After three days I was transferred to another prison where I was held in solitary confinement for three weeks. After that I was moved to Tres Alamos Detention Centre where I was held for a further five weeks, with 100 other women, until I was expelled from the country on New Year's Eve, 1975.
All this is many years ago - 23, to be precise. Some of these years have been very hard, some of them exciting. I would not have missed any of them. The hardest period was the 1980s when I had intermittent severe depression and anxiety and I often could not sleep. I was never diagnosed as having post-traumatic stress disorder. I never thought I might have it, and I put on such a cheerful facade that few knew of my dark and tear- filled nights or the fact that I was continually exhausted and afraid of losing my job. In 1992, a psychiatrist decided to put me on anti-depressants and I have not been depressed or anxious since. The best, though, is that I sleep every night, long and deeply. I thank God and the drugs for that.
So, what now? What should be done with General Pinochet? Chile, of course, is polarised: those who feel he rescued their country from the jaws of Marxism are outraged. "How dare they arrest him?" they demand. "He has diplomatic immunity." What they fail to say is that Pinochet arranged that he should be named senator for life, so that he would always be above prosecution. The present democratic government upholds this: its main aim is to steer Chile through its transition from dictatorship to democracy, and reckons that the lack of retribution for Pinochet is a small price to pay for national stability.
But the ordinary Jose Bloggs of Chile - who lost his daughter, his friends and his sister-in-law to the Dina - feels quite differently, feels that Pinochet should be brought to trial. I am inclined to agree with him. Pinochet is a symbol of all that was evil and degrading of the years of the dictatorship and, to my mind at least, the pussyfooting of those in Britain who support him is incomprehensible. "This man authorised my daughter and her unborn child to be tortured, raped and killed," says Jose. "How can you think he should not stand trial?"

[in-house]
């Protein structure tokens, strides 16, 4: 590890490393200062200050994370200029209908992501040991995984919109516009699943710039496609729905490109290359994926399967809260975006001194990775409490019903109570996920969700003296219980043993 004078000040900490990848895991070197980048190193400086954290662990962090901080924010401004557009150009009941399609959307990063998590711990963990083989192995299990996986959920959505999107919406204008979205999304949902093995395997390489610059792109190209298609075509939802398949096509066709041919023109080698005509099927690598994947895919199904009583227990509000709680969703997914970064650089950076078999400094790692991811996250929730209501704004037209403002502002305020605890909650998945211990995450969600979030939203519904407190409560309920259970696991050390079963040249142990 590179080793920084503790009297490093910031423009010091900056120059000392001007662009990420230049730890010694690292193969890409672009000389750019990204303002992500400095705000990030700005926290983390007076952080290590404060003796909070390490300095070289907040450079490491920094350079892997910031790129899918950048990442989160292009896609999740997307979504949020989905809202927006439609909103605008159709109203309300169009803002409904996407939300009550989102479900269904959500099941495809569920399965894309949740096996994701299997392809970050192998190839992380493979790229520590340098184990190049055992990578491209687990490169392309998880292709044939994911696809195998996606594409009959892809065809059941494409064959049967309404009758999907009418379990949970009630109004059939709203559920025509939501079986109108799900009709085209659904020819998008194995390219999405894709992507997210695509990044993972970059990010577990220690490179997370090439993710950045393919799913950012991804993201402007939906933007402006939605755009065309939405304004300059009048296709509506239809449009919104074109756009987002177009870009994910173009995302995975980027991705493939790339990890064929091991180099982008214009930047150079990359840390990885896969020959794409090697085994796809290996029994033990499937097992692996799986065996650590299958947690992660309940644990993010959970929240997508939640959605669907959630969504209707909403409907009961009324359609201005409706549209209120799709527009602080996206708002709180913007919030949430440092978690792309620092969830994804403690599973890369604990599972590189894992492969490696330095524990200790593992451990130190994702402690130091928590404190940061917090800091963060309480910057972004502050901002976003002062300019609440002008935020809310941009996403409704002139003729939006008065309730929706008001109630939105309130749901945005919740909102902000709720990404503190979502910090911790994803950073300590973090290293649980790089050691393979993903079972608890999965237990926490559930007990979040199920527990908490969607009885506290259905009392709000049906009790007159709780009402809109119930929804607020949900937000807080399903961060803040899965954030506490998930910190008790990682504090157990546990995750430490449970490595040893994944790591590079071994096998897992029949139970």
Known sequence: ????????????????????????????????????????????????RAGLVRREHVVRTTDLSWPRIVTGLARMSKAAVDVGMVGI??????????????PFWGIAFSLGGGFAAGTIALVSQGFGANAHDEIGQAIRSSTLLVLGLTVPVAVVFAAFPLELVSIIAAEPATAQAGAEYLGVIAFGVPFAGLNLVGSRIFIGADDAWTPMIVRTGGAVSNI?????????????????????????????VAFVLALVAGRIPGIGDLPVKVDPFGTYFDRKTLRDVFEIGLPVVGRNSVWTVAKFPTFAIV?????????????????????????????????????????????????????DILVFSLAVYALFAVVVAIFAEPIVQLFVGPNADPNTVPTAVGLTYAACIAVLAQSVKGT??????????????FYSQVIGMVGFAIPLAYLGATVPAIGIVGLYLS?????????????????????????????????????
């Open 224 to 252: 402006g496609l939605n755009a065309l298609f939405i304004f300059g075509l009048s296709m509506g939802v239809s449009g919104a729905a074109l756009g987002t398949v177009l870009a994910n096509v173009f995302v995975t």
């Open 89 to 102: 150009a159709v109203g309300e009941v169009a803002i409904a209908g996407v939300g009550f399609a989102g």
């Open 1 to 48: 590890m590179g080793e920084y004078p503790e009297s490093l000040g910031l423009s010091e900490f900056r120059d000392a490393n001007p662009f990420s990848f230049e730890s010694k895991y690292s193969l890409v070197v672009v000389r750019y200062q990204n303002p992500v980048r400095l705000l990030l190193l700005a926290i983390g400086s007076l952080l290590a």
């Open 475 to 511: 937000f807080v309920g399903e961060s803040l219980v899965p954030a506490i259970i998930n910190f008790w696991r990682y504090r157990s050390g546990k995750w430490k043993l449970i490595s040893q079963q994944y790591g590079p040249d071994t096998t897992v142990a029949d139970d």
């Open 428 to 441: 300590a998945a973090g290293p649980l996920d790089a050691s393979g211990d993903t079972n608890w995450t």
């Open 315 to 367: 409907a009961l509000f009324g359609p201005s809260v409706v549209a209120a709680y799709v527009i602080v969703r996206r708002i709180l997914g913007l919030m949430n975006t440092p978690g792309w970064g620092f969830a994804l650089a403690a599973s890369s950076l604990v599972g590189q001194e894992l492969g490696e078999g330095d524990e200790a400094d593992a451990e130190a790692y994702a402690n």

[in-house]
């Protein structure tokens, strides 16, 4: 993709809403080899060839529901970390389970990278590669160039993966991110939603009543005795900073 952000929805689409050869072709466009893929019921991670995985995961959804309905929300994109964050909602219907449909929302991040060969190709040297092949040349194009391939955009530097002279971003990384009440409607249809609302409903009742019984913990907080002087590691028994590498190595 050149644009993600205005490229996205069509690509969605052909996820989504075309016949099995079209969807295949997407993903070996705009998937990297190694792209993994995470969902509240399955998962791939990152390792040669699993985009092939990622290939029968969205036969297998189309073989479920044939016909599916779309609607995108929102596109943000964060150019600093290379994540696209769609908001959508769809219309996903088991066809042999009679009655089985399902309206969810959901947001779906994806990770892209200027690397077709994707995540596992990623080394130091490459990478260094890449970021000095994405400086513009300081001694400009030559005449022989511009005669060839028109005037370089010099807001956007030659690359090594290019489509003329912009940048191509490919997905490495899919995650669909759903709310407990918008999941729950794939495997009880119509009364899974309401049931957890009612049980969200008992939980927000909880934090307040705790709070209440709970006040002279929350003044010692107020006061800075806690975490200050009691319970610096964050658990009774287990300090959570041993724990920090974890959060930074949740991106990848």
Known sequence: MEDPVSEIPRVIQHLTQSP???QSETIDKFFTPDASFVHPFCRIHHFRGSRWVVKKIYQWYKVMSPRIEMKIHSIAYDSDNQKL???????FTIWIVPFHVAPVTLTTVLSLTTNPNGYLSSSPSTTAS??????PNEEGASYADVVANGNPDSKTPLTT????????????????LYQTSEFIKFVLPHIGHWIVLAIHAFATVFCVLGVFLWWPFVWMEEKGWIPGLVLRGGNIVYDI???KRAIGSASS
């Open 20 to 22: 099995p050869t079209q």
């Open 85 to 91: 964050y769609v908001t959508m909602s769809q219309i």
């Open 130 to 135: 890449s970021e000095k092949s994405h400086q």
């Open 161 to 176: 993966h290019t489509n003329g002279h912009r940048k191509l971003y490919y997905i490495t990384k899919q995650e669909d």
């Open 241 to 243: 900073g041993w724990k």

But you know, and I know, that things are not that simple. There is talk of double standards. If we did not complain when the murderous Ceausescu met the Queen at Buckingham Palace, why should we kick up a stink about Pinochet? If we try the former Chilean dictator must we try every other dictator who sets foot in the UK? Well, perhaps we should.
Another argument - one wielded by the so-called "realists" - is that we should do what is in the national interest. But does the fact that Pinochet assisted the UK during the Falklands War mean that we should turn a blind eye to his record of human rights crimes? I believe not. The fact is that the die has been cast. Pinochet is under arrest and charges are being levelled at him by Spain, and also by UK lawyers on behalf of those residents of the UK who have been injured. Should the police release him because the Government fears the mockery of the press if it does not arrest the next dictator who takes tea with Lady Thatcher?
I believe we should live for the moment and see where it leads us. If America is embarrassed because it emerges that it propped up the Pinochet government, so what? It has been embarrassed before. What matters is that justice should be done, in the full glare of publicity. I would not wish torture or other ill treatment on the general; just that he be treated as the ordinary felon that he is. If, for once, this country acted on behalf of justice without looking over its shoulder and counting the cost, would we not all be proud to be British?
Dr Cassidy is now a specialist in psychosocial oncology in a Plymouth hospital.Reuse content